The terminal which can hold 30 million litres of petroleum products has been underused for the last 20 years
Jinja Storage Terminal. Photos by Tony Rujuta
The Jinja Storage Terminal has got a new lease of life following the Government handing it over to the new government entity called the Uganda National Oil Company (UNOC).
The terminal which can hold 30 million litres of petroleum products including petrol, jet fuel, kerosene and gas has been underused for the last 20 years. It was set up in the 1970s to curb fuel shortages.
John Bosco Habumugisha, the general manager National Pipelines Company (U) a subsidiary of UNOC, said UNOC has the mandate to develop and operate storage terminals and other petroleum infrastructure in Uganda. This was during a function held at the terminal site in Jinja over the weekend.
Habumugisha said UNOC pursues commercial interest on behalf of government in the petroleum sector and holds state participating interests in oil exploration and production activities.
Nagimesi giving a key note address during the official launch of the terminal
He explained that at the end of May, One Petroleum Limited was selected as a strategic partner to form a joint venture with UNOC to operate the Jinja terminal on a five year basis. He said through the venture they have filled the tanks with 13 million litres which they will sell to local dealers.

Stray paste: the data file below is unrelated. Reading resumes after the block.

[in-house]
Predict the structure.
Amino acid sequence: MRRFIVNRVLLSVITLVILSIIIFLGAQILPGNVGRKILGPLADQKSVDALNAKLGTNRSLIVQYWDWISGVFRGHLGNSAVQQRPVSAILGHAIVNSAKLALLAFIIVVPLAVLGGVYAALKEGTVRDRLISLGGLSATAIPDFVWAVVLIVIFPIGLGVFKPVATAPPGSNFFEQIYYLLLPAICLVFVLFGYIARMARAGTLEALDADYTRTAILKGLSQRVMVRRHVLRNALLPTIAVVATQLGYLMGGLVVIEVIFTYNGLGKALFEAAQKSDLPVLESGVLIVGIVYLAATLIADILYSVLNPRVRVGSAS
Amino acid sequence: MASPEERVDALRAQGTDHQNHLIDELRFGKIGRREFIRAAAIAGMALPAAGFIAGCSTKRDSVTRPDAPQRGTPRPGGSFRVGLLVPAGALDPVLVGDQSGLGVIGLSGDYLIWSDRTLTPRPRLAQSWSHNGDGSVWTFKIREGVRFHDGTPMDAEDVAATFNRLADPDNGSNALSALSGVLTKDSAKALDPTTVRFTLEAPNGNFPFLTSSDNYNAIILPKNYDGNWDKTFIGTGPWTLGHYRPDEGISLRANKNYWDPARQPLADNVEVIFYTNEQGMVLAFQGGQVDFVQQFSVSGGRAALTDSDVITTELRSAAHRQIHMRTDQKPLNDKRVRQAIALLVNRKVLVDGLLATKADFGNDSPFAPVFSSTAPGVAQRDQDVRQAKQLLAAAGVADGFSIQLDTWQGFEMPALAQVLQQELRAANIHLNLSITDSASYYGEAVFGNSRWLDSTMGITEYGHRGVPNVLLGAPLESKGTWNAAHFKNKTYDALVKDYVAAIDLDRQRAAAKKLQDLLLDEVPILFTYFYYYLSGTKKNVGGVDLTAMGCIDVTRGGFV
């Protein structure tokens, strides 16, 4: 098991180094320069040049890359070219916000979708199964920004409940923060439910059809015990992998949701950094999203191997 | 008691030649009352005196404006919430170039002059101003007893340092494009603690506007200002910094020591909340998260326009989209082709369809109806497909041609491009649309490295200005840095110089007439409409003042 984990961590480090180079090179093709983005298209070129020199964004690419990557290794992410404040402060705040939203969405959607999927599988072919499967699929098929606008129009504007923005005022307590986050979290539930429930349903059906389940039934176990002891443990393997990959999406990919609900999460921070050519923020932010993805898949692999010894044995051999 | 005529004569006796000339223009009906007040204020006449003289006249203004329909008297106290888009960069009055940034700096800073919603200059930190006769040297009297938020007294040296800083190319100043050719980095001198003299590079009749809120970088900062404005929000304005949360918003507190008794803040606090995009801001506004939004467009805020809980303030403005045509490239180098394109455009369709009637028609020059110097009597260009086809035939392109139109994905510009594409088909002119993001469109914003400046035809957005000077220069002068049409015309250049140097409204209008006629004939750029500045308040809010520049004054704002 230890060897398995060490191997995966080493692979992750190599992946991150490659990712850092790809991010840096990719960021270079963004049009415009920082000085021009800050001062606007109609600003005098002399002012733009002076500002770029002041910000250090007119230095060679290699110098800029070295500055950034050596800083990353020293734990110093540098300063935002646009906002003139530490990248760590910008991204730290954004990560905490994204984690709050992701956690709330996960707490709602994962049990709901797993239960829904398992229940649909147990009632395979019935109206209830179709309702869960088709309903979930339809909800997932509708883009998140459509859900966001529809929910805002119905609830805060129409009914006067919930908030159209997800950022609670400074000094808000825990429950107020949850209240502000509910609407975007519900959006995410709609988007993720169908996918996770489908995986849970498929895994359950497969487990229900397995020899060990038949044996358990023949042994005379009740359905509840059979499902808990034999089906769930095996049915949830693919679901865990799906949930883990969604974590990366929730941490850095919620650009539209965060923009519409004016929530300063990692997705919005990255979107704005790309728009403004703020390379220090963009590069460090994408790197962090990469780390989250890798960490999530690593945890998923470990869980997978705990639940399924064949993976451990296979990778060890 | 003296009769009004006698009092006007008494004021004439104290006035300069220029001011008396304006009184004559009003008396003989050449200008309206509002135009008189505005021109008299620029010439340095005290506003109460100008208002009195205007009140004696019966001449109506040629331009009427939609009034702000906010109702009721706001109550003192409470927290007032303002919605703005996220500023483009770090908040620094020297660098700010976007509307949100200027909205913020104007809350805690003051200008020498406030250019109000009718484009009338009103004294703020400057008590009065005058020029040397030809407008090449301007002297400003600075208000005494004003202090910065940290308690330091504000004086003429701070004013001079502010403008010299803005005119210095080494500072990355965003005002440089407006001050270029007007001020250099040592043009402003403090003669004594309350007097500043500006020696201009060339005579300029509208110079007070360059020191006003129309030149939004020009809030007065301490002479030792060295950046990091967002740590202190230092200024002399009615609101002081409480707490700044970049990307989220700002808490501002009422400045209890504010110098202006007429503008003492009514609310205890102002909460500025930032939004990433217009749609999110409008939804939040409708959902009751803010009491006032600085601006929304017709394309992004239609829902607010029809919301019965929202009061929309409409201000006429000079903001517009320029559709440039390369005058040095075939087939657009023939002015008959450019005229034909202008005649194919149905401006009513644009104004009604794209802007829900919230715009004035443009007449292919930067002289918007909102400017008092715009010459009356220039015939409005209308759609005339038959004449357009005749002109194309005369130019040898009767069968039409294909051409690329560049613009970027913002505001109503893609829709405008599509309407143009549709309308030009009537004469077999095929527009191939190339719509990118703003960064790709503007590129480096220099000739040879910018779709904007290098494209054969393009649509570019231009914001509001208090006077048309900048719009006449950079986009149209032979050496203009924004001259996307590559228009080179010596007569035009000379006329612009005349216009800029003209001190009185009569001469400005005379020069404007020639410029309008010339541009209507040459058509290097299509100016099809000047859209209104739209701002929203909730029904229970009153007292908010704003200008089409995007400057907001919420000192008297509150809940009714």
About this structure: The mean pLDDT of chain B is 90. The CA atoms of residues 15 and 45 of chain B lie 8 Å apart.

He further said the partnership played a role during the Kenyan elections, because 8 million litres of petroleum products which ensured stability in prices in Uganda despite prices rising in Kenya.
"To address the security of petroleum supply we continuously we need additional funding and holding strategic engagements with various stakeholders," Habumugisha said.
At the end of May, the energy ministry decided to hand over the facility to UNOC. UNOC then entered into a joint venture with Kenyan based company; One Petroleum Limited to operate the facility.
Frank Nagimesi, acting chairperson of the board UNOC said it had been costly for the Government to run the facility.
"The Government was required to procure petroleum products to be held as a national reserve in these tanks. The cost of filling these tanks, and ensuring security of these facilities required significant budgets," he said.
"The facility has only been filled a few times in the past. Thereafter, the Government has been managing it with private players, amidst significant financing and operational challenges," Nagimesi added.